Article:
While Israel has been fighting back against Hamas terror tactics, and finally reaching a “truce”, there have been the usual anti-Israel demonstrations at several American campuses.

Israel Campus Beat writer Chloe Kent reports that 50 institutions are participating in a campaign celebrating Israel’s contributions to humanity.

As hundreds of rockets rain down on southern Israel this week, students at more than 50 schools across North America are mounting a campaign to highlight the people-to-people humanitarian aid Israel offers around the world in times of need.

The campaign notes that Israeli volunteers continue their relief efforts in the US Northeast, where they are distributing food, water and blankets to victims of Hurricane Sandy.

When Haiti was decimated by natural disaster in 2009, Israel was among the first nations to respond. At a makeshift field hospital in Haiti, a local woman was so grateful to the paramedics who delivered her baby that she named her newborn son “Israel.”

In the largest natural disasters of the past decade, Israel has been among the first responders on the scene, exemplifying the Jewish value of Tikkun Olam, or “repairing the world.”

Israeli teams also are working to address ongoing humanitarian issues in places like Kumasi, Ghana, where a team from Ben-Gurion University established a neonatal care unit for premature and sick babies.

The “People to People. Nation to Nation.” campaign, spearheaded by Hasbara Fellowships, highlights Israel’s humanitarian and social efforts, as well as those of several other countries that have demonstrated compassion in similar circumstances.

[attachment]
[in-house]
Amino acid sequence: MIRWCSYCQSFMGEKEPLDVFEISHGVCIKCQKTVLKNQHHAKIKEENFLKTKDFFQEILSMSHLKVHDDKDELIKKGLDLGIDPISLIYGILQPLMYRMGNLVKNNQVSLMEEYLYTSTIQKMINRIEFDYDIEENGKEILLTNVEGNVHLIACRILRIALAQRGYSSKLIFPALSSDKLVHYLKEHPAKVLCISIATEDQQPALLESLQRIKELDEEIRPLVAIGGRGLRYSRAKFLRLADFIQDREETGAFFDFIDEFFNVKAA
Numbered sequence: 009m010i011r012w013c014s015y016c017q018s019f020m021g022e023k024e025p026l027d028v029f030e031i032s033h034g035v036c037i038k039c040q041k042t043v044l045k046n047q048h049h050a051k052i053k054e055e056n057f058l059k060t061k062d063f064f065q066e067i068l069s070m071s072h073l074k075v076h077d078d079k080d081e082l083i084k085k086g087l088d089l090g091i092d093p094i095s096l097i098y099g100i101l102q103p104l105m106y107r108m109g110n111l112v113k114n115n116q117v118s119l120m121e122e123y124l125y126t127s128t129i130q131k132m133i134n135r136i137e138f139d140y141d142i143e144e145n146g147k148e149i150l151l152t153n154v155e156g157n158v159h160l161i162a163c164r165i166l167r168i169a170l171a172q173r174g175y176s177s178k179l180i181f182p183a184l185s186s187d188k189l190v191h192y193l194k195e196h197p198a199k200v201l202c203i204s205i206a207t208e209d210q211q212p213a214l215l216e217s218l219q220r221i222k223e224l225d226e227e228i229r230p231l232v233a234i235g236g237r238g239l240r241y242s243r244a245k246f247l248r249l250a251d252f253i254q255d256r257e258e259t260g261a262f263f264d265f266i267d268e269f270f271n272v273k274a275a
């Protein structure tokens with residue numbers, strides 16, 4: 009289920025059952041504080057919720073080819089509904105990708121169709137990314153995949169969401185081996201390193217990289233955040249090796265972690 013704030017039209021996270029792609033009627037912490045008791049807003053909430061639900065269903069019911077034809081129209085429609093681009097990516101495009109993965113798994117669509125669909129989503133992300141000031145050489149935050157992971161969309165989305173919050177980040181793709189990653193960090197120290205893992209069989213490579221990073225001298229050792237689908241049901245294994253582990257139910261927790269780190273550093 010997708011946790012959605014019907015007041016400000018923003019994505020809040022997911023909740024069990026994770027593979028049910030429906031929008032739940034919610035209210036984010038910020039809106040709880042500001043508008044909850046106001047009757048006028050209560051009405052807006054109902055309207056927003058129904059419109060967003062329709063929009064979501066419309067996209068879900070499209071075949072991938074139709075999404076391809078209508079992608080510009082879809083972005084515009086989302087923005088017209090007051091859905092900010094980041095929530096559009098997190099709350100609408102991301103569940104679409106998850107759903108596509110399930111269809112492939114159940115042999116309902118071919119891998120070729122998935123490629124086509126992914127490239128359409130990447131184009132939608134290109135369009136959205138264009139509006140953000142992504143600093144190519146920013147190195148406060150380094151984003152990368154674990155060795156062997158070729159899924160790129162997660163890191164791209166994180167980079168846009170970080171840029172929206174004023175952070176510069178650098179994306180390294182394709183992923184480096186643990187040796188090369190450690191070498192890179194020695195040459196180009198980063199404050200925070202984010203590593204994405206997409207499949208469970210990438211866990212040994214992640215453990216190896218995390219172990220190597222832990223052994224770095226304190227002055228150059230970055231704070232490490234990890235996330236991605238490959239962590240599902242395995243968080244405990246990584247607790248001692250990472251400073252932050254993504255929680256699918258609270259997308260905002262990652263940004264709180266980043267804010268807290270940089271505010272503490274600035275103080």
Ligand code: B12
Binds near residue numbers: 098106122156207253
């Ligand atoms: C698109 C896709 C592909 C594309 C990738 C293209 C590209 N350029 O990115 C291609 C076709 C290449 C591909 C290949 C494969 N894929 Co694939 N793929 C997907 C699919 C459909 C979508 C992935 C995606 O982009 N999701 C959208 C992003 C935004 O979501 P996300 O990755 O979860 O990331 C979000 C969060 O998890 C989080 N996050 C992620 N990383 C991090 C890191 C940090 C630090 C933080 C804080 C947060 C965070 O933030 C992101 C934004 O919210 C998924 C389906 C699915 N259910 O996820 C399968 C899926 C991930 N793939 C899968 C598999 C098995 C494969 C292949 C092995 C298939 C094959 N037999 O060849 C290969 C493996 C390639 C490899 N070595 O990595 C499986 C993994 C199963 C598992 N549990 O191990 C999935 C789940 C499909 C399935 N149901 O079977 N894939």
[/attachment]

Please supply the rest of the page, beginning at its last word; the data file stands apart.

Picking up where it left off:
“In a world where the media is so often skewed against Israel, we as students need to educate other students about what Israel truly is.”
The campaign, made possible largely by a rigorous social media effort through Twitter and Facebook, aims to raise awareness of Israeli humanitarian aid. It was planned long before the current escalation in southern Israel, but organizers have seized the opportunity to highlight the extent to which Israel strives to limit casualties.

“Due to the escalation of violence against Israeli citizens, we are leveraging the support we are gaining for ‘People to People. Nation to Nations.’ to educate supporters, said Natalie Menaged, Hasbara’s director of education. “It is remarkable how Israel has created defense mechanisms that limit harm to civilians on both sides, like the Iron Dome. Now is a crucial time to communicate this to the world.”

“As a world leader in innovation, and a model of human rights, it is no wonder that Israel has partnerships around the world to improve the lives of individuals,” said Alan Levine, managing director of Hasbara Fellowships. “Highlighting Israel’s global humanitarian and sustainability efforts is a great way for pro-Israel students to engage new audiences on campus.

“Israel will be receiving a lot of attention in the context of conflict, rockets and operations,” he added. “It is important that people see the positive side of Israel as well.”

The campaign is unfolding across North America. At the University of Minnesota, Shira Masha, legislative coordinator for the Gopher Israel Club, described the it as “an effort to show how Israel, despite all odds and its own needs at home, reaches out to countries to share their knowledge and expertise.” The group plans to promote Israel as a leading nation in scientific discovery and human rights at the upcoming Minnesota Student Association’s biannual World Fair, which encourages cultural exchange among students.

“As pro-Israel students, it is crucial that we do our part to defend Israel,” she said. “Although we do not fight physical battles, we have a responsibility to assist in the PR campaign for Israel. In a world where the media is so often skewed against Israel, we as students need to educate other students about what Israel truly is ; the efforts that it makes for peace and the incredible contributions it has provided to the world. We want to show that Israel is a light onto the nations in so many different areas.”